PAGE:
One more day. One more day and we’ll be fully entrenched in the next generation of video game consoles as Microsoft’s Xbox One comes out, following a week of Sony’s PlayStation 4 and over a year of Nintendo’s Wii U. All three come after the longest console cycle since forever.
Or at least it feels like forever. It’s been eight years since the release of the Xbox 360. Before that, it was seven years, and before that, it was a paltry four years. And each one of those was largely defined by consoles doubling processing capabilities with Nintendo going so far as naming the Nintendo 64 after its CPU word size.
Since then, that little number stopped mattering as much. Not only because as computing power started to factor in parallelism and multiple cores and GPUs and components that used to be considerations only of PC gamers, but also because many realized that didn’t make games egregiously better or worse. Consoles soon became defined by their heavy hitter franchises instead of bowing to the 8-bit or 16-bit era banners.
That is a hard sell, though, when it comes to new hardware. Games are subjective and ever-changing but when you can pin an upgrade on a bigger number, new generations are easier to pitch to consumers. Controllers, of course, were a consistent solution. They’re a necessary component and they can always be improved from a visual, tangible perspective.
Nintendo, in a way, saw this and put their full stock behind the idea with the Wii. It was a hard swing and got a lot of attention by being so alarmingly different in an objective, fundamental way. The great thing then was that Nintendo backed it up with quality games like Wii Sports, Super Mario Galaxy, and The Legend of Zelda: Skyward Sword.
Regardless of Nintendo’s varying success with its continuing tactic of drastic differentiation, it sparked something in Sony and Microsoft. Attaching something bombastic and, more importantly, physical to a console’s marketing works like gangbusters. This introduced the Kinect five years into the Xbox 360’s lifecycle and the Move only one week prior for the PlayStation 3.
One of those succeeded and has since lingered with the new generation in the Xbox One with an upgraded Kinect. Sony ditched the Move, kept motion controls in the controller, and aped a great deal of functionality from the Kinect with a new PlayStation Camera. Most impressively, these contribute some of the most meaningful upgrades to the consoles.
The new Kinect functions wonderfully as an input for both audio and visual needs (e.g. Skype, game chat, etc.) but also innovates by enabling battery-saving tactics. The system will track when you set down the controller and then put it in a low power state, so even though there isn’t a rechargeable battery pack option for the new Xbox One controllers, a single pair of AA batteries will last over a week of nonstop gaming.
The PlayStation Camera is a generation behind the Kinect and similarly a generation behind capabilities, but does enable facial recognition log in, albeit at a pace slower than pressing buttons on a controller. But at least now Sony gamers have an excuse to yell at their consoles, too. For the PlayStation 4, much more lies within the controller.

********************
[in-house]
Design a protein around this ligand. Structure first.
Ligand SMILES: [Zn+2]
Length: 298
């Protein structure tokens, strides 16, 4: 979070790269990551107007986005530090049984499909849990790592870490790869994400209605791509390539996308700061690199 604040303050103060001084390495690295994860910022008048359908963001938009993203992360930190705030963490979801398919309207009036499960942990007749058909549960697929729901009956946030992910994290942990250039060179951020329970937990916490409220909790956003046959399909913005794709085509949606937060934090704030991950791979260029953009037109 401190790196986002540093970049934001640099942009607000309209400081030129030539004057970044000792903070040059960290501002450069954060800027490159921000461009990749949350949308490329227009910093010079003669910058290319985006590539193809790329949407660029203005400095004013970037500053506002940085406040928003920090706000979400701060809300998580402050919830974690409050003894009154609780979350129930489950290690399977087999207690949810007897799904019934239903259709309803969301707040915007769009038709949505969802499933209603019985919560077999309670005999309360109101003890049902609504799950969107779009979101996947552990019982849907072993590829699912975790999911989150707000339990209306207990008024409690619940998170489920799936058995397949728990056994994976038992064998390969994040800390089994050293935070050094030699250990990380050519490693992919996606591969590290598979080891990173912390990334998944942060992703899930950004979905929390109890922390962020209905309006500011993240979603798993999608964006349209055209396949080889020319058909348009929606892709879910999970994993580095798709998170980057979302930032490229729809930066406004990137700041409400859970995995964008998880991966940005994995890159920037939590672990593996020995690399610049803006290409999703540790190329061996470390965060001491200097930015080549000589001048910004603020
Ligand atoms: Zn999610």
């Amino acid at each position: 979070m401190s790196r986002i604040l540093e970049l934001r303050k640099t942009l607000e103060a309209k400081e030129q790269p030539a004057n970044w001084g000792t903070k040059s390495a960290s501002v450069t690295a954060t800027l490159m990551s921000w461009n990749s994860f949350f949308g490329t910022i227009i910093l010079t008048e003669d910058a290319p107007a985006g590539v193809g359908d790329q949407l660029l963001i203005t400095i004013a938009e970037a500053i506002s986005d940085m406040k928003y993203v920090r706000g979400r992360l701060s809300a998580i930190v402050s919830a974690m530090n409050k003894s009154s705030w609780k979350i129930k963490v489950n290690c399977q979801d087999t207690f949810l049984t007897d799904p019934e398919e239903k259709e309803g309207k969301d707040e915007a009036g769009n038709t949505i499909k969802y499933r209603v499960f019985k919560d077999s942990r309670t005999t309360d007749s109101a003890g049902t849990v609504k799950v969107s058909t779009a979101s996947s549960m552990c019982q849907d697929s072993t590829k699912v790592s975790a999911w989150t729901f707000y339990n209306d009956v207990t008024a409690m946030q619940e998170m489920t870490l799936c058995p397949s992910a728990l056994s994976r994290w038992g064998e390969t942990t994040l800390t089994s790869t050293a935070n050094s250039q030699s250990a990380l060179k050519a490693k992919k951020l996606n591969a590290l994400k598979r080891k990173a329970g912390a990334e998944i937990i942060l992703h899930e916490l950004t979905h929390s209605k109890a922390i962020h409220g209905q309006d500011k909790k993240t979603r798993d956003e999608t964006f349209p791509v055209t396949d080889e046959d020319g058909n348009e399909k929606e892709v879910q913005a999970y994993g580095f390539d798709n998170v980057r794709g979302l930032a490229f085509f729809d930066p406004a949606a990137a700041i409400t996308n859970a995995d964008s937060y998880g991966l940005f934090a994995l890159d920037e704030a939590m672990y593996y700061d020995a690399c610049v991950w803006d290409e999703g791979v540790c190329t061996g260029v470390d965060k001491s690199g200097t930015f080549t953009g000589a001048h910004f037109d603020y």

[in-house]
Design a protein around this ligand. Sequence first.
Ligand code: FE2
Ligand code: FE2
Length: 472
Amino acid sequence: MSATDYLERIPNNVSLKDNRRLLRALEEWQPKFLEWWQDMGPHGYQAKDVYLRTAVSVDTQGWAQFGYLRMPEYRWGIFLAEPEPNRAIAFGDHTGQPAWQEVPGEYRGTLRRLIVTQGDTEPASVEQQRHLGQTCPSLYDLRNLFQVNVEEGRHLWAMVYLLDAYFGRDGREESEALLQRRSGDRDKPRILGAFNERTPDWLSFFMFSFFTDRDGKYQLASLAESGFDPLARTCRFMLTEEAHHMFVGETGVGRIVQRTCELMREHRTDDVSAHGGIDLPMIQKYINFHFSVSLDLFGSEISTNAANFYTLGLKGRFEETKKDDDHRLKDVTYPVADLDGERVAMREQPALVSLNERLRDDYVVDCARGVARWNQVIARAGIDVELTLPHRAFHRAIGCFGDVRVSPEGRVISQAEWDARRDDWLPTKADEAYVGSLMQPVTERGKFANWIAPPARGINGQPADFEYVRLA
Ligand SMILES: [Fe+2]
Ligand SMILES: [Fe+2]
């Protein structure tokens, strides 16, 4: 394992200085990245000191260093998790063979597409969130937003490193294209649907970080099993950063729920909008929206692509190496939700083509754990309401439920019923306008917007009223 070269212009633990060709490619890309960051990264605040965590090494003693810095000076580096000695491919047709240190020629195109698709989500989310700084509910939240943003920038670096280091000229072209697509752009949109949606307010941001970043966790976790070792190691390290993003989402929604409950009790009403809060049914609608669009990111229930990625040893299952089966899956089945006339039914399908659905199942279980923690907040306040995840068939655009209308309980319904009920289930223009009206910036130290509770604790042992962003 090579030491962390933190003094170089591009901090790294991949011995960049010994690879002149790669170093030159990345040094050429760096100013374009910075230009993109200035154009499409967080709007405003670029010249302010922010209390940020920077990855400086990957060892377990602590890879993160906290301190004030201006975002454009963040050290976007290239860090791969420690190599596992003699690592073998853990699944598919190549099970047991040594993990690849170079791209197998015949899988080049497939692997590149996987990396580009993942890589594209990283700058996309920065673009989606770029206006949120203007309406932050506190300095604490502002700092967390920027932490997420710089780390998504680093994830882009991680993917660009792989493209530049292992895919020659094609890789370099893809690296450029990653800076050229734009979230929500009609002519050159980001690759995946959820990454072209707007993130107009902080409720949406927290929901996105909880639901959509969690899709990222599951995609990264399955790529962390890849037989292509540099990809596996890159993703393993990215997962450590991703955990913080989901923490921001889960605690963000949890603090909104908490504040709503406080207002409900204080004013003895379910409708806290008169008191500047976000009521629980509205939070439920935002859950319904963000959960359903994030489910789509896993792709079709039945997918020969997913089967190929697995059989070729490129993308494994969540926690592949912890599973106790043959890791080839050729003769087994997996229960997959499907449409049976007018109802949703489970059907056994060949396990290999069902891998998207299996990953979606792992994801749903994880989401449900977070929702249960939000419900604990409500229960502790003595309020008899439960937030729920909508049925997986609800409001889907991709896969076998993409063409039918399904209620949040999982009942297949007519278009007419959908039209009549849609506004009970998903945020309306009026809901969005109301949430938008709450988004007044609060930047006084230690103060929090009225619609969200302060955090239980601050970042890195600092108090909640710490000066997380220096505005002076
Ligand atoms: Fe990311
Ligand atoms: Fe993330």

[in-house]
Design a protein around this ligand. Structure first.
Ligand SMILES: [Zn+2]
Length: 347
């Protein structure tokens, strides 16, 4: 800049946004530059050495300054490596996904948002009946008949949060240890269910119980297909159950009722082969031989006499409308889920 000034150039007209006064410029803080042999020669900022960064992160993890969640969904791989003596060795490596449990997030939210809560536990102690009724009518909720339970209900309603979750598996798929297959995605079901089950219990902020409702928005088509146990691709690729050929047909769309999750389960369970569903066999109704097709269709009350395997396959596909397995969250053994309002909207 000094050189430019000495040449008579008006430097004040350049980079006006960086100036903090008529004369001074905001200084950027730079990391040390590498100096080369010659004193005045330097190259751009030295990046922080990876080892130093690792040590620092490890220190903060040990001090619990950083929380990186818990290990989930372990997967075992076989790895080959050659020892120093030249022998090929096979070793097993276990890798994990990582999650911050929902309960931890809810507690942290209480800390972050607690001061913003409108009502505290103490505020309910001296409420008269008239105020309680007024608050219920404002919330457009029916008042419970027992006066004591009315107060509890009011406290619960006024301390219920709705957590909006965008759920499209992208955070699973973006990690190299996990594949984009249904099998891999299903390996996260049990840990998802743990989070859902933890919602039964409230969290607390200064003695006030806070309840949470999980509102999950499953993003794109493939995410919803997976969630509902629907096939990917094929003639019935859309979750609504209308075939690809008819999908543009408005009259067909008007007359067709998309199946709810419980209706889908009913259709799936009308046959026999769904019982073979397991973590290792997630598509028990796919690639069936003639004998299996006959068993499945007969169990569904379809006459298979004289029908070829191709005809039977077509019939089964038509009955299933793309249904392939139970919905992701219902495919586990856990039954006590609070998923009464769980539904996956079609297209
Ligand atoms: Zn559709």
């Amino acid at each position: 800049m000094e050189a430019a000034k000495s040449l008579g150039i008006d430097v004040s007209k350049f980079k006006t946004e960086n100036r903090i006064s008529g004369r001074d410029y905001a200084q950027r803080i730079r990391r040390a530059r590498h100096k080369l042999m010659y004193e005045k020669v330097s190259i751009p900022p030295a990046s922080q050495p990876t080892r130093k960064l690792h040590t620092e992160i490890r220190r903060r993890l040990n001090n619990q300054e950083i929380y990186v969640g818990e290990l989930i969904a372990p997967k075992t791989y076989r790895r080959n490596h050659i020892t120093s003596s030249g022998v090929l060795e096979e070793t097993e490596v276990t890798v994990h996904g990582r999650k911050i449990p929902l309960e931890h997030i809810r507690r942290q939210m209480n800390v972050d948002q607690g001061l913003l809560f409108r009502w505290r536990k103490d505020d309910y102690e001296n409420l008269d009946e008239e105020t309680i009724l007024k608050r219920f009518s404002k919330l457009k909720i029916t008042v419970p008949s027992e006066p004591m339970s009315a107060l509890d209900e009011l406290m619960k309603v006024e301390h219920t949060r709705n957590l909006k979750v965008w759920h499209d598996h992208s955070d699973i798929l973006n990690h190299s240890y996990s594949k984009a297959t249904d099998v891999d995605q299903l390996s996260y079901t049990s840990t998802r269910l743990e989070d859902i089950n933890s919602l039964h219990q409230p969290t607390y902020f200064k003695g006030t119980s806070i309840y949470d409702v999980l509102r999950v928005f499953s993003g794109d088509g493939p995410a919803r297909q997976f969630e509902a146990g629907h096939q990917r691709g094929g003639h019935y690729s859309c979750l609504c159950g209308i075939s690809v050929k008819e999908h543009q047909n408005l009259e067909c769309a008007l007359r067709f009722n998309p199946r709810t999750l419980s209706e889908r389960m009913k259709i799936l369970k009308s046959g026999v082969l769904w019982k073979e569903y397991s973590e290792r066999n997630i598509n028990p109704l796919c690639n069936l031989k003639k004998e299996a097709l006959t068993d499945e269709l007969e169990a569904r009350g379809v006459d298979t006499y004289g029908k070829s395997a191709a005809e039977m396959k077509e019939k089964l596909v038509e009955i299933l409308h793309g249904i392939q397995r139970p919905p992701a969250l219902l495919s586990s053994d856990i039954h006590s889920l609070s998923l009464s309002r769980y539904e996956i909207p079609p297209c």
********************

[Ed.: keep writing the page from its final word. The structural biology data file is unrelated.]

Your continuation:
The DualShock 4 is a much better design than the DualShock 3, an iteration on the long-standing design that was the pinnacle of controllers before the Xbox 360’s game pad, as it no longer hurts to hold one for more than 30 minutes at a time. But it also contains a small speaker, for which a very compelling argument was made with Resogun. This means the controller itself has audio processing capabilities, something Sony has tapped into by allowing all system audio to go through a headphone jack in the DualShock 4. Both of these are small but extremely useful and substantial additions.
Speaking of controllers, consider that the Xbox One’s controllers now have localized rumble in each of its triggers. Even in this rather mediocre launch lineup, this strange development has added a new layer of physical feedback to games. At such a nascent stage, the potential is already noticeably high, almost inspiring the same aspirations as when rumble was still relegated to a detached plug-in pack.
These mostly seem like minute, throwaway additions. Who cares if your triggers rumble? Who gives a flip if there’s a camera saving your controller’s battery? The answer should be everybody when you consider that games, for the most part, are hitting an all-time high of cross platform accessibility. Look at your launch titles: Battlefield 4, Call of Duty: Ghosts, Assassin’s Creed IV, Need for Speed: Rivals, etc.
And now services are reaching parity as well with subscription-based freebies and multiplayer, robust digital storefronts, and so on. That or the things we were promised aren’t as grand as they were originally pitched. Or they simply don’t exist yet. Streaming? Cloud-based gaming? There’s either going to be a lot of apologies or a lot of patches coming in the next few months.
It’s becoming apparent that the war, as it were, is going to be won with these tiny details. All these minuscule innovations are going to add up and eventually we’ll see something totaling up into a giant step forward. It’s no longer about a single number or some drastic, waggling swing for the motion control fences. It’s about the details. After all, what’s left but details?